Eberron, well it was built by KB on the premise that "normal" D&D is illogical (the oft repeated, there would be no evil in a world with Detect Evil abilities and several other "logical" complaints), and so needed fixing. His various arguments have some to no merit, but his "solutions" are straight from the mind of a precocious teen.

Wrath and sunshadow21 have admitted something I see only occasionally - that in Eberron magic = technology; that the CotSF = RCC; etc. Most fans of the setting, and even KB (depending on exactly which element of the setting is being discussed), refuse to admit these comparisons. And I don't know why, they are plainly obvious, so I don't see how denying them helps to defend the setting in any way. But you see a lot of denials across the various forums.

To me the very best ideas for an Eberron campaign have all come from the fan-base. It could be too that, say take the horror element in Eberron, (and ask; How can we play a scenario around that?), there are some really good in-setting ways to do that. To me, all the best ways by far fit better in a Call of Cthulu or Ravenloft setting.

Take magic = tech element and ask the same question and the better settings are Spelljammer or GURPS or WarHammer40k.

Take the any race can be of any alignment/predisposition element and Metamorphisis Alpha is a better fit.

Take the solving mysteries like a gumshoe and... you get the idea.

The problem then is two-fold. In case this was missed because this thread is now TL/DR:

First, these elements have to be taken together in Eberron. Unlike Golarian (e.g.), which is not all one world and is big enough to be taken in a modular fashion anyway if one so wishes. Second, all of KB's solutions don't solve...

1: First you make the point that elements of the setting are better handled in other settings.

This is true, but it is irrelevant to the discussion at hand. This is like saying that, say, Alien is a bad movie, because other movies have handled horror better, and other movies have handled sci-fi better.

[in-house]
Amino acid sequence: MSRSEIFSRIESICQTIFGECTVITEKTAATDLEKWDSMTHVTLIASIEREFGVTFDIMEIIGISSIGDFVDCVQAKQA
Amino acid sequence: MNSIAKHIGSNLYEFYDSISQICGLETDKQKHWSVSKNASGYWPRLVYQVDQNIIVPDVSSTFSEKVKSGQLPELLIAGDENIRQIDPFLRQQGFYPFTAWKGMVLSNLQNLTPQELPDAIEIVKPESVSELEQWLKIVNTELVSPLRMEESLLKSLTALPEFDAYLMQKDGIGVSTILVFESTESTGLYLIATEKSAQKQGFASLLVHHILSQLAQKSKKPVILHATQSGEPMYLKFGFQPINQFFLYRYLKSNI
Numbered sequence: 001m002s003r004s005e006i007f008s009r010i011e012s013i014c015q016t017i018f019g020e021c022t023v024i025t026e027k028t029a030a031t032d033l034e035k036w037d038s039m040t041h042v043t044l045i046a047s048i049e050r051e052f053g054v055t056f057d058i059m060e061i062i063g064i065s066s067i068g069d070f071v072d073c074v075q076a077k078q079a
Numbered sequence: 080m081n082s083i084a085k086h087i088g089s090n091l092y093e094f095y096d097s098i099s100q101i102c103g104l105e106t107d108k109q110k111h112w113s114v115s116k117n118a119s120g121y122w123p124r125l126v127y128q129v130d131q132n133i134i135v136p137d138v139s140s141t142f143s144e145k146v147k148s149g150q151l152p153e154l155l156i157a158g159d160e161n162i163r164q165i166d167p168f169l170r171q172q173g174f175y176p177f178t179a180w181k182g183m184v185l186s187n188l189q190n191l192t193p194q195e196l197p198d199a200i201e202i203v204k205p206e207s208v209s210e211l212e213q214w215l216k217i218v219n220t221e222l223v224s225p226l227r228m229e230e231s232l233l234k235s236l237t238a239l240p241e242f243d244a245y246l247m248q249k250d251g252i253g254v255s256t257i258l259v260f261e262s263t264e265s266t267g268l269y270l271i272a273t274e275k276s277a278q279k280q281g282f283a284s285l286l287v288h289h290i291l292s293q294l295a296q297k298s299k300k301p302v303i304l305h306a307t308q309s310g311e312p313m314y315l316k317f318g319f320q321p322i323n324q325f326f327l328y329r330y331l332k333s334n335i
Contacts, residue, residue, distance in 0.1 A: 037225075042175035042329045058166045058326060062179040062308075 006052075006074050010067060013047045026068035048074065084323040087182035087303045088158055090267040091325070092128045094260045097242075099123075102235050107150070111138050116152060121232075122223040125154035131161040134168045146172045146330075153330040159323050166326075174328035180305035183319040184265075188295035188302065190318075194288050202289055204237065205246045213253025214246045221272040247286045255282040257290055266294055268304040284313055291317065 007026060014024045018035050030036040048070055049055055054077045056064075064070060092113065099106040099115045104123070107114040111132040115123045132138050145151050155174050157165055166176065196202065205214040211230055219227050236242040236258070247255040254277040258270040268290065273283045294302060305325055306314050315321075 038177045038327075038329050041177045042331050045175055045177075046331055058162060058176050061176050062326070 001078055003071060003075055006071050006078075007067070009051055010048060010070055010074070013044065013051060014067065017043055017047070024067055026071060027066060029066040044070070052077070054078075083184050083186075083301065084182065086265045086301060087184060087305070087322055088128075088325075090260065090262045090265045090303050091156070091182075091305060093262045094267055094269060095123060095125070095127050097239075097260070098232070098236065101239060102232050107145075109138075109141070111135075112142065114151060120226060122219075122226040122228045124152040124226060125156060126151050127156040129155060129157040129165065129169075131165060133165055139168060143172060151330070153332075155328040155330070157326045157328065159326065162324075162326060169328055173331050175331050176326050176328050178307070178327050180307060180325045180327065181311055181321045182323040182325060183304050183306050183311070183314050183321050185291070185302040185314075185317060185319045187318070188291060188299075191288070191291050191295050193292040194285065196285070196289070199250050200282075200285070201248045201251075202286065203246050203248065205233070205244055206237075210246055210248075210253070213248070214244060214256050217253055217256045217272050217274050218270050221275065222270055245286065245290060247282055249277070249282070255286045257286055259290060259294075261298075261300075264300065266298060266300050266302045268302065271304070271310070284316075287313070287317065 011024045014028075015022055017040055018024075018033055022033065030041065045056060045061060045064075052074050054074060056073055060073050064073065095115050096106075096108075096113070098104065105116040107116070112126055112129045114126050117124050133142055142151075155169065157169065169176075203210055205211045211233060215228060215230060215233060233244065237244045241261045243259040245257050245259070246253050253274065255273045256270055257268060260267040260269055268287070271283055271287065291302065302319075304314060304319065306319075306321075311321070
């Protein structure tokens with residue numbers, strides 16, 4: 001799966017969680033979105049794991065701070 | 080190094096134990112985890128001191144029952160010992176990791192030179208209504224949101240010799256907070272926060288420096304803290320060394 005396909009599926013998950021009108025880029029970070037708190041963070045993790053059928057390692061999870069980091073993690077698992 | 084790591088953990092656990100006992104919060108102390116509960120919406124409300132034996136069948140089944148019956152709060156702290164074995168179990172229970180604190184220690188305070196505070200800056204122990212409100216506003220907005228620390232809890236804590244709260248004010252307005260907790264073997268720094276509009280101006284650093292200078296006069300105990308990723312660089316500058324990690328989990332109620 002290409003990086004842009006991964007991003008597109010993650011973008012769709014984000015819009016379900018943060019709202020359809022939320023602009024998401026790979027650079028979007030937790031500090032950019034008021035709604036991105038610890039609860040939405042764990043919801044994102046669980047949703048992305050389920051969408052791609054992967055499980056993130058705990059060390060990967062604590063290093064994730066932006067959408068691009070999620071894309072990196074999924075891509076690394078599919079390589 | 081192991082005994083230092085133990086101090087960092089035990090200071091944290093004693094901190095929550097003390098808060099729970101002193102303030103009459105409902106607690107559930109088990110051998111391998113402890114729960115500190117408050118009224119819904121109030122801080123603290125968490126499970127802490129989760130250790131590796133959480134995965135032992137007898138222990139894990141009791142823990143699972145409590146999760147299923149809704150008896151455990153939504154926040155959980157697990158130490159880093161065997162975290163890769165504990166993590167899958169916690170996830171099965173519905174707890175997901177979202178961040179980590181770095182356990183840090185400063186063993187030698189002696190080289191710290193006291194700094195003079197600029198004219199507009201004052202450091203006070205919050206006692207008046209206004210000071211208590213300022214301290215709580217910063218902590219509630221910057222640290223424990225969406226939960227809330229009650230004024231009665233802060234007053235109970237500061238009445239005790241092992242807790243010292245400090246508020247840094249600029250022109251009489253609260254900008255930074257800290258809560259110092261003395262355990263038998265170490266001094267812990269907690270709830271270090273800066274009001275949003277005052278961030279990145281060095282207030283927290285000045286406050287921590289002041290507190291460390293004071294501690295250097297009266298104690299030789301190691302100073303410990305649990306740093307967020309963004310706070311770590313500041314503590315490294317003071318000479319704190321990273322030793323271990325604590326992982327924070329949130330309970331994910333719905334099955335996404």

2: You argue that they have to be taken together.

This is not true. Say you don't like the mystery elements of Eberron you can just ignore them. You write your own adventures anyway, there are no requirements placed upon own original adventures aside from reasonably fitting into the world itself.

The core problem with monsters having feats is that the game master needs to know how the feats work to use the monster. Even knowing the feats are available, that feat is not listed in the statblock under things the monster can do.

So you end up having list of passive and active abilities where some of them can be used while some are precalculated into the statblock itself.

Of course, even having stats results in weird and entirely artificial things such as monsters having skill focus feats. WHY? Drop the feat and add the modifier directly to the skill bonus. The feat itself is just some attempt at an in-game explanation for hy that monster has a bigger bonus in that skill than just the base ability modifier.

Anything passive should be baked into the monster statblock. Anything that is active should be its own ability. 5e handles monster statblocks very well. There is no doubt as to where one would look to see what a monster is capable of. None of this scrutinising the list of feats.

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The big problem with previous edition monsters is how they used feats, and you had to know all the feats involved. Getting rid of monster feats is a very good things.

Leon Boellman's Suite Gothique has a piece called Toccata. There are many different recordings available on youtube.

It is very similar to Bach's Toccata and Fugue except it isn't as overdone.


I'll probably go for Greater Spell Focus Illusion then. What's your opinion on Spell Penetration?